, but why do I have to pay a price of pain? I think when I get to heaven; I am going to have a polite talk with God about kids with arthritis.” What does one say to that? I just listened and hugged him. Logan
Life goes on…it continues all around us regardless of what we are experiencing. So we appreciate the little things…And although our house is a complete mess most days and sometimes we are pulling our clothes out of our laundry basket to wear…Michael, the boys, and I have each other. We love each other dearly. We have our “inside jokes” and we treasure life’s gifts. And when it gets tough, we might cry together and then hug away the tears. We live moment by moment and love each moment together.
Sunday, January 23, 2011
Well, I have been avoiding putting into words this last week’s events. The purpose of our blog is to raise awareness around juvenile arthritis and we very much want to do that, but it is also hard to put into words what we have been experiencing. The emotions have been from one extreme to another, but continually felt with love. Our fear that Parker might have lymphoma was very real and yet, through it all, we were always hopeful. Parker was aware of what he was facing and asked many difficult questions and when the pain grabbed hold of his little body he stopped himself from saying from what he sometimes says, “I just want to die and go to heaven, so I don’t have anymore pain” and he began to say, “I don’t want to die” or “why is all this happening to me”…But he knew he might have to fight and he would also say, “I know we can do this, cause I have you and dad and Logan.” We were ready to battle and move forward with whatever we were told. And when the oncologist called to say Parker did not have lymphoma, it was as if the doctor gave me back my breath. I hadn’t even realized how tightly I was holding myself together. I could breathe again. And I thought, “Oh thank goodness he only has Juvenile Arthritis”…and then I thought, “Oh my gosh, he still has arthritis… and now our battle resumes”. Don’t get me wrong, I know they are not the same and having only one chronic illness is so much better than having two; and of course lymphoma is much more serious…but what so many people don’t realize is that JA is an ongoing painful battle that can also be life threatening.
As parents, we have extremely difficult decisions to make with very little JA research to back our decisions. We don’t know what long term effects our decisions will have but what we do know is that we have to do something. See, we had to halt treatment of his JA until we knew he didn’t have lymphoma because the infusion that his pediatric rheumatologist needed to start him on increases chances of lymphoma. So we make our treatment choices with a huge leap of faith and we tightly embrace our hope that this next round of treatment will slow down Parker’s JA. Recently, one of his toes has started to turn in and his hands seem to always be inflamed and in pain along with his ankles, knees, neck, ribcage joints (did you know there were joints in the ribs) and several toes. And the dentist has been keeping an eye on his jaw because he has had swelling and trouble with it too. Then there is the constant close eye on his eyes…And we think that his intestinal tract is also affected by the JA. And of course we still treat his allergies and asthma condition, which has been going pretty good.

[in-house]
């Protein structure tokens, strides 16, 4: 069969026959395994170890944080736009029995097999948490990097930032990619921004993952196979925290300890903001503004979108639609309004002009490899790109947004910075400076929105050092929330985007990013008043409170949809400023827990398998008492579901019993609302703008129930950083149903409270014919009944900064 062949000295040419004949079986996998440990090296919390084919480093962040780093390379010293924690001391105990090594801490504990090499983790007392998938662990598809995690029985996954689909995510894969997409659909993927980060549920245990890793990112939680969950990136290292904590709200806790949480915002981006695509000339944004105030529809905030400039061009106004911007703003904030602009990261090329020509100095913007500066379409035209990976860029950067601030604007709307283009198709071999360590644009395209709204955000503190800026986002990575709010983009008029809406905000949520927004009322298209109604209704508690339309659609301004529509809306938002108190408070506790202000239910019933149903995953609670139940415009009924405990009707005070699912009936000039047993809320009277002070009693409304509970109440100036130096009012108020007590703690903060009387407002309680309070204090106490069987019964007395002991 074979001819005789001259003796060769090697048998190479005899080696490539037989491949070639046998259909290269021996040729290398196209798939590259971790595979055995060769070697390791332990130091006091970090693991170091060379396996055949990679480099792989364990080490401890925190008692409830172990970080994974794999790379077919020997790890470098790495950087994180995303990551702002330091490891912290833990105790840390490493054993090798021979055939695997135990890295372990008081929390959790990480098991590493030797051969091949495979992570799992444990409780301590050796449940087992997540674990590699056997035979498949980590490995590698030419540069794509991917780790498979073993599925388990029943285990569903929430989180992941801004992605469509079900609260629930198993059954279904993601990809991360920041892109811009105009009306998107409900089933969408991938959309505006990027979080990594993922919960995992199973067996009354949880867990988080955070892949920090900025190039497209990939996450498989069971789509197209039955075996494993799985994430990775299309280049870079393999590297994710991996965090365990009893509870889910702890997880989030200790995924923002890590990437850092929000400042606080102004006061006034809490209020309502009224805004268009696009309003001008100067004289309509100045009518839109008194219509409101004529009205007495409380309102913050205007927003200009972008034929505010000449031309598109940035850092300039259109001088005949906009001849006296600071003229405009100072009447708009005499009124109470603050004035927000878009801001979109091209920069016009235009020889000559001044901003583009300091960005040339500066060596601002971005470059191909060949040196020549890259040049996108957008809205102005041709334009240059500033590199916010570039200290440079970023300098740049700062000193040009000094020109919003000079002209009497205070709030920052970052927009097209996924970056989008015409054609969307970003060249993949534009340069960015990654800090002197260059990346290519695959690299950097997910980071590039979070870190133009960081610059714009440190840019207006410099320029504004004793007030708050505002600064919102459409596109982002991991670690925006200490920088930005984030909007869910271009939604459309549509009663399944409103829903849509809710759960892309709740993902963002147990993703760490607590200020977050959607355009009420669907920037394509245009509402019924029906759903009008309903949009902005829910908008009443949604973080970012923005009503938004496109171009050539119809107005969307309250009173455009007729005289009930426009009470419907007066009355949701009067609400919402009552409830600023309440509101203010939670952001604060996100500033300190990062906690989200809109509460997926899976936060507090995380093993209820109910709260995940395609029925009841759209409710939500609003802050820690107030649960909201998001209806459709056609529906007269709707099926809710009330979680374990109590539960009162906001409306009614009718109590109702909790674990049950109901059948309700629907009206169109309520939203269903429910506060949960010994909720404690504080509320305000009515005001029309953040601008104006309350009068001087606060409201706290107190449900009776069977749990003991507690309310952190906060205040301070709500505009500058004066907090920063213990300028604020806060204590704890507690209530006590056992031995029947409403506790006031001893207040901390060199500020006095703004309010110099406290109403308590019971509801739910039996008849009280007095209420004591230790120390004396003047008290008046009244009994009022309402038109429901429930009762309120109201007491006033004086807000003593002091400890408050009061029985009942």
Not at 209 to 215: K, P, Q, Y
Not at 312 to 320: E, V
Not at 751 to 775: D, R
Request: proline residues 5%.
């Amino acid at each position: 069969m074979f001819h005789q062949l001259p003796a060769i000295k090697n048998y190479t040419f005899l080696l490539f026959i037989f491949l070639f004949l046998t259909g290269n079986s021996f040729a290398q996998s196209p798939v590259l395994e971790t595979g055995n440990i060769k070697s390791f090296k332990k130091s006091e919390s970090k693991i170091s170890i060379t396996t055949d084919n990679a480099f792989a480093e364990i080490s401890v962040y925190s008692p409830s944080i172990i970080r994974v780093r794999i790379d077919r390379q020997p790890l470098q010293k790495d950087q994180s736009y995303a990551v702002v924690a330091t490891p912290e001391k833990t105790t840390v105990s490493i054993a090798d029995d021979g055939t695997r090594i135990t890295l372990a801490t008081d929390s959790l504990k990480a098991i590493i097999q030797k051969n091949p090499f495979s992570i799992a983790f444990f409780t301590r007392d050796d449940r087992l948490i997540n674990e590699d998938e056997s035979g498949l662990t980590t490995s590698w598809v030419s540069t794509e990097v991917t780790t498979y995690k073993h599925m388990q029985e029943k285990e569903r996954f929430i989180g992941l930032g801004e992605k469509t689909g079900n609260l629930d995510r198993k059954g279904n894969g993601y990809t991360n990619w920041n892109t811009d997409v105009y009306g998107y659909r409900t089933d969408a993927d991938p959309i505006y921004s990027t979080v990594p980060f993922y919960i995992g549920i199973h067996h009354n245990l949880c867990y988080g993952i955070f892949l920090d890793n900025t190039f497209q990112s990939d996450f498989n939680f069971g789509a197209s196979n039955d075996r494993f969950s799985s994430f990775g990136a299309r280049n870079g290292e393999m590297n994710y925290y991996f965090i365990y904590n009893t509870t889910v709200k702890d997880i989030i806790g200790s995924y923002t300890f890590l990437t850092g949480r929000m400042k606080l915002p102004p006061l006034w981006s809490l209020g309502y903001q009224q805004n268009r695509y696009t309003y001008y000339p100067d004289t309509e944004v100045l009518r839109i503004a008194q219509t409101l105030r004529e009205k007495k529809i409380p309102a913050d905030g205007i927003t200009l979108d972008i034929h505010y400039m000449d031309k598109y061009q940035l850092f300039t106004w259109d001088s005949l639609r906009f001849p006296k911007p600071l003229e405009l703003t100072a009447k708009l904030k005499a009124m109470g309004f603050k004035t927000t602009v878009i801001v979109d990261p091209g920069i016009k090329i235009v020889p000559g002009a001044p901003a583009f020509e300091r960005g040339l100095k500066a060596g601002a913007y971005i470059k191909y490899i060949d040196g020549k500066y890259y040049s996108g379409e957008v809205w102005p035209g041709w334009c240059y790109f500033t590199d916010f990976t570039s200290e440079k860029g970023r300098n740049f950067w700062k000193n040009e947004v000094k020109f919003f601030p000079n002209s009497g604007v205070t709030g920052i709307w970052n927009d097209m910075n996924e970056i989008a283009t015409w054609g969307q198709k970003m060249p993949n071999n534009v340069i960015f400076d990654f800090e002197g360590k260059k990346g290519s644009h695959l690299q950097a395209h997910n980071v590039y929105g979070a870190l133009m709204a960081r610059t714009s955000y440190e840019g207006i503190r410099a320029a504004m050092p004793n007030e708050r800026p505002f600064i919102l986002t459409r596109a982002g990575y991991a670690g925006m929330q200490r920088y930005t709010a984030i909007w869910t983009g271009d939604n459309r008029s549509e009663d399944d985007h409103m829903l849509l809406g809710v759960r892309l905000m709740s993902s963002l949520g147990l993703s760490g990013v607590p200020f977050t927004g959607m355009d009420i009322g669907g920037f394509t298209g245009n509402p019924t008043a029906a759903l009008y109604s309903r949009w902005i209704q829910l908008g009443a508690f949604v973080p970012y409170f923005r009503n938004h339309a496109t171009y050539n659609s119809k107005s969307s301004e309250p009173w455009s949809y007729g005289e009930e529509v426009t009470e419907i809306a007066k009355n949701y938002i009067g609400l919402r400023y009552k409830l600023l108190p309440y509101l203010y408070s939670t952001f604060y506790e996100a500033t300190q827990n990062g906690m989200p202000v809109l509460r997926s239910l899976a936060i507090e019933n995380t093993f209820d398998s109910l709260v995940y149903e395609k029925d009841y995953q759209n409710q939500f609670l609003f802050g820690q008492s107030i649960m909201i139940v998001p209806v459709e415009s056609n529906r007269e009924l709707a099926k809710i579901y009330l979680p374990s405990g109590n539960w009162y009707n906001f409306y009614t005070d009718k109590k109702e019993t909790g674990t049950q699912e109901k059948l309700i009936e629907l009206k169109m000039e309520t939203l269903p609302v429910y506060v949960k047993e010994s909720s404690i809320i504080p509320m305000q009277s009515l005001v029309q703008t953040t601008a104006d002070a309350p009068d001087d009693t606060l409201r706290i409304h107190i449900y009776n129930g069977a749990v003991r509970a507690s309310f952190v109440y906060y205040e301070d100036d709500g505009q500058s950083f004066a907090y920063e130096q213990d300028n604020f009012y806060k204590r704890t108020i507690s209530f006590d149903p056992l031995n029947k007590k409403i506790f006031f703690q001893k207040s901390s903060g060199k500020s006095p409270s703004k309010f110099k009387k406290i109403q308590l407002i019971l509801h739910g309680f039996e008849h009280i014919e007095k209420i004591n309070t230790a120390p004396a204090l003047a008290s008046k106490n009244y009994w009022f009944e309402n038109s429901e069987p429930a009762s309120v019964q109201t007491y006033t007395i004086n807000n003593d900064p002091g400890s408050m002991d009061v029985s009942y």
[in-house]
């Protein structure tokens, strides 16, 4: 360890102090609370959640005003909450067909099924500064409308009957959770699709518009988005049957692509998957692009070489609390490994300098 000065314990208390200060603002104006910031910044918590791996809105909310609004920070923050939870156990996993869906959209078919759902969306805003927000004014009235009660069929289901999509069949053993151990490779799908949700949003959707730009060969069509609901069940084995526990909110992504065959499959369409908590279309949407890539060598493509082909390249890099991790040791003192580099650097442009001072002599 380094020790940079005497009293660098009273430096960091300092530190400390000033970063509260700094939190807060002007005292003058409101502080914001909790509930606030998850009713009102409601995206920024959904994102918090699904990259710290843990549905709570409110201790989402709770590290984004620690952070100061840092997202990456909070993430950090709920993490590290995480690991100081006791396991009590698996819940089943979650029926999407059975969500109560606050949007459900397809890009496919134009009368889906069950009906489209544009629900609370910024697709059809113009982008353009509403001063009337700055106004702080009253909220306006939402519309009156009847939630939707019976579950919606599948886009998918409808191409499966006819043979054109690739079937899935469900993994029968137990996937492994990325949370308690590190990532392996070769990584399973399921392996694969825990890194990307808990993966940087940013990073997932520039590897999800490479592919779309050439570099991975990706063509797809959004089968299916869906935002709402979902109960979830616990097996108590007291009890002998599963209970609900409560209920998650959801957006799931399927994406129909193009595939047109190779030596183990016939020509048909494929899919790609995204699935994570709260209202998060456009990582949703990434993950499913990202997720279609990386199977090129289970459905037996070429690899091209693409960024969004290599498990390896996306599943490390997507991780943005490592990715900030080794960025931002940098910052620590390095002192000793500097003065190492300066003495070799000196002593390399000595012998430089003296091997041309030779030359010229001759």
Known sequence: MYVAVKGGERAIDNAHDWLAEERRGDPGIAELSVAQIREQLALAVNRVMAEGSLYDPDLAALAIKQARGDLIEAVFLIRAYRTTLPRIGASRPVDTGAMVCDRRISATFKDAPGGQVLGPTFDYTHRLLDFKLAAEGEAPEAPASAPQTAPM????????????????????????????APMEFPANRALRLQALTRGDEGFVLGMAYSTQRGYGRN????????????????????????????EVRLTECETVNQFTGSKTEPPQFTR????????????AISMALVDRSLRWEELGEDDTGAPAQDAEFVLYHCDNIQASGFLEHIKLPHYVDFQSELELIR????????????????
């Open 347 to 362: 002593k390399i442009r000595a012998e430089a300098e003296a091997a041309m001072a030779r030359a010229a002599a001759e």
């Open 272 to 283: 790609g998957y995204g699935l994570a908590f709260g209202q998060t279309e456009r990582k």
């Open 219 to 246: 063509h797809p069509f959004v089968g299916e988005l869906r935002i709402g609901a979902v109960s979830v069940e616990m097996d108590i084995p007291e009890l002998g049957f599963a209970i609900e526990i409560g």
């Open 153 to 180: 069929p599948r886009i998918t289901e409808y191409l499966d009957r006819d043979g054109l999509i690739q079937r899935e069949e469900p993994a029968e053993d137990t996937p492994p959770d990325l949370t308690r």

So, last Thursday Parker and I spent the day at the hospital for his newest treatment. We have discontinued his once-a-week enbrel shot and now he gets infusions of remicade. The nurse had some trouble getting his IV started (evidence of this resulted in a big fat bruise). They started with “pre-meds”. He took his special compounded acetaminophen (all over the counter brands contain corn and he is allergic to corn…in fact, 4 of his meds have to be compounded special for him); then he was given solumedrol (steroid) and Benadryl in his IV. These are preventative in case he reacts to the remicade and then he received the remicade followed by additional pain meds (due to his flare that day) and they included his regular methotrexate (a chemo drug but at a lower dose than for children with cancer). By giving him his methotrexate in his IV, we were able to have one week without Friday night shots (a very nice break). So four hours later, we were on our way home. The treatment left him very nauseous and for about 24 hrs. he had an extreme head ache, but then they subsided and he seems to be doing somewhat better. We go back in 2 weeks for his second round and then hopefully not back for 4 weeks. Once he gets to 4 weeks, he will then get the infusion monthly. Parker was instructed that he could now get sick easier because his immune system is even weaker than it was with the meds that he is on. So Miss Clean Gene me will probably be even more of a “germ-a-phobe”…
Many families are experiencing a lot of difficulties this year around their children’s JA. Please keep them all in your thoughts and prayers. Many of our JA friends have had changes in treatments, financial burdens, and multiple medical tests that are quite traumatic for young children. So, we continue to be thankful and hopeful that some day there will be a cure. We choose to live life fully and we love each other and laugh together.
This week there was a new publication that might shed some light on how JA is triggered. Read below:
Science Daily (Jan. 17, 2011) — “Scientists have identified a protein that acts as a "master switch" in certain white blood cells, determining whether they promote or inhibit inflammation. The study, published in the journal Nature Immunology, could help researchers look for new treatments for diseases such as rheumatoid arthritis that involve excessive inflammation.”